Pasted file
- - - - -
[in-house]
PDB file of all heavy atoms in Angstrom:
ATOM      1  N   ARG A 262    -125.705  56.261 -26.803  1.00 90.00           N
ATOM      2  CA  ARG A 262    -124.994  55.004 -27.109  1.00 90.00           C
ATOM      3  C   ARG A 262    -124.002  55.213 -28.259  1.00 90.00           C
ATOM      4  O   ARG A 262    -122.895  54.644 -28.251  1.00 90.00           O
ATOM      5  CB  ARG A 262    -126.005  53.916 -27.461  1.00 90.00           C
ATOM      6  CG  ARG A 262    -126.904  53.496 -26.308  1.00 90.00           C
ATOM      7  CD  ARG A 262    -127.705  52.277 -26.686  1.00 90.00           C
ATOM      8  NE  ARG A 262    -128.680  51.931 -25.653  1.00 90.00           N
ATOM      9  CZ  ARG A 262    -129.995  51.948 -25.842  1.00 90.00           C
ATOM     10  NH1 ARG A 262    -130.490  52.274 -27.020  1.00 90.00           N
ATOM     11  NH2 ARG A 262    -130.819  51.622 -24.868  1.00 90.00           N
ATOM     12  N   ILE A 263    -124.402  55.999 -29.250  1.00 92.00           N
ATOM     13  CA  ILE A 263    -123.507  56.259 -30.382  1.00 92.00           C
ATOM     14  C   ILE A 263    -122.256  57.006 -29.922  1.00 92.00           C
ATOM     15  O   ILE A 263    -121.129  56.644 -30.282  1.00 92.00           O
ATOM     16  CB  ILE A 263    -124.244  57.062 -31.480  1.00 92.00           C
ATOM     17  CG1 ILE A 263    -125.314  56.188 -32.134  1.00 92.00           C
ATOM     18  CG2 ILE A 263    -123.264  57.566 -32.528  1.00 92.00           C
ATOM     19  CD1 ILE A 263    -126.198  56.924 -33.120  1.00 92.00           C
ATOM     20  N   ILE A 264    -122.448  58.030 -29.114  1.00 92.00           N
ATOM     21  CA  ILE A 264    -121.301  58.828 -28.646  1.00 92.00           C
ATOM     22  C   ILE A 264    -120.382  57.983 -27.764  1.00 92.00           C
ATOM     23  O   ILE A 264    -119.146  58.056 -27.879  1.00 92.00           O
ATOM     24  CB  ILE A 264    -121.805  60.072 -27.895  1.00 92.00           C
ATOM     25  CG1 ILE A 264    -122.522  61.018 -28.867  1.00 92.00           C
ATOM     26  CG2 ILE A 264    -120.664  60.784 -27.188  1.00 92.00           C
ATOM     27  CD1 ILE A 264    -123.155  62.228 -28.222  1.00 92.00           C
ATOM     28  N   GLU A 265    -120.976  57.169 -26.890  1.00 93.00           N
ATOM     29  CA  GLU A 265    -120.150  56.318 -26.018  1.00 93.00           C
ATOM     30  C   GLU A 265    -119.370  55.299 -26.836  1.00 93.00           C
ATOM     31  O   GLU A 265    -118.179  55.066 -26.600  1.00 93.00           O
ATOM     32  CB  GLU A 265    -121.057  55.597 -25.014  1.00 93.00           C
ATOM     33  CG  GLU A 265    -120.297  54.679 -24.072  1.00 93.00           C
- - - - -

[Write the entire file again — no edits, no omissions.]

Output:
[in-house]
PDB file of all heavy atoms in Angstrom:
ATOM      1  N   ARG A 262    -125.705  56.261 -26.803  1.00 90.00           N
ATOM      2  CA  ARG A 262    -124.994  55.004 -27.109  1.00 90.00           C
ATOM      3  C   ARG A 262    -124.002  55.213 -28.259  1.00 90.00           C
ATOM      4  O   ARG A 262    -122.895  54.644 -28.251  1.00 90.00           O
ATOM      5  CB  ARG A 262    -126.005  53.916 -27.461  1.00 90.00           C
ATOM      6  CG  ARG A 262    -126.904  53.496 -26.308  1.00 90.00           C
ATOM      7  CD  ARG A 262    -127.705  52.277 -26.686  1.00 90.00           C
ATOM      8  NE  ARG A 262    -128.680  51.931 -25.653  1.00 90.00           N
ATOM      9  CZ  ARG A 262    -129.995  51.948 -25.842  1.00 90.00           C
ATOM     10  NH1 ARG A 262    -130.490  52.274 -27.020  1.00 90.00           N
ATOM     11  NH2 ARG A 262    -130.819  51.622 -24.868  1.00 90.00           N
ATOM     12  N   ILE A 263    -124.402  55.999 -29.250  1.00 92.00           N
ATOM     13  CA  ILE A 263    -123.507  56.259 -30.382  1.00 92.00           C
ATOM     14  C   ILE A 263    -122.256  57.006 -29.922  1.00 92.00           C
ATOM     15  O   ILE A 263    -121.129  56.644 -30.282  1.00 92.00           O
ATOM     16  CB  ILE A 263    -124.244  57.062 -31.480  1.00 92.00           C
ATOM     17  CG1 ILE A 263    -125.314  56.188 -32.134  1.00 92.00           C
ATOM     18  CG2 ILE A 263    -123.264  57.566 -32.528  1.00 92.00           C
ATOM     19  CD1 ILE A 263    -126.198  56.924 -33.120  1.00 92.00           C
ATOM     20  N   ILE A 264    -122.448  58.030 -29.114  1.00 92.00           N
ATOM     21  CA  ILE A 264    -121.301  58.828 -28.646  1.00 92.00           C
ATOM     22  C   ILE A 264    -120.382  57.983 -27.764  1.00 92.00           C
ATOM     23  O   ILE A 264    -119.146  58.056 -27.879  1.00 92.00           O
ATOM     24  CB  ILE A 264    -121.805  60.072 -27.895  1.00 92.00           C
ATOM     25  CG1 ILE A 264    -122.522  61.018 -28.867  1.00 92.00           C
ATOM     26  CG2 ILE A 264    -120.664  60.784 -27.188  1.00 92.00           C
ATOM     27  CD1 ILE A 264    -123.155  62.228 -28.222  1.00 92.00           C
ATOM     28  N   GLU A 265    -120.976  57.169 -26.890  1.00 93.00           N
ATOM     29  CA  GLU A 265    -120.150  56.318 -26.018  1.00 93.00           C
ATOM     30  C   GLU A 265    -119.370  55.299 -26.836  1.00 93.00           C
ATOM     31  O   GLU A 265    -118.179  55.066 -26.600  1.00 93.00           O
ATOM     32  CB  GLU A 265    -121.057  55.597 -25.014  1.00 93.00           C
ATOM     33  CG  GLU A 265    -120.297  54.679 -24.072  1.00 93.00           C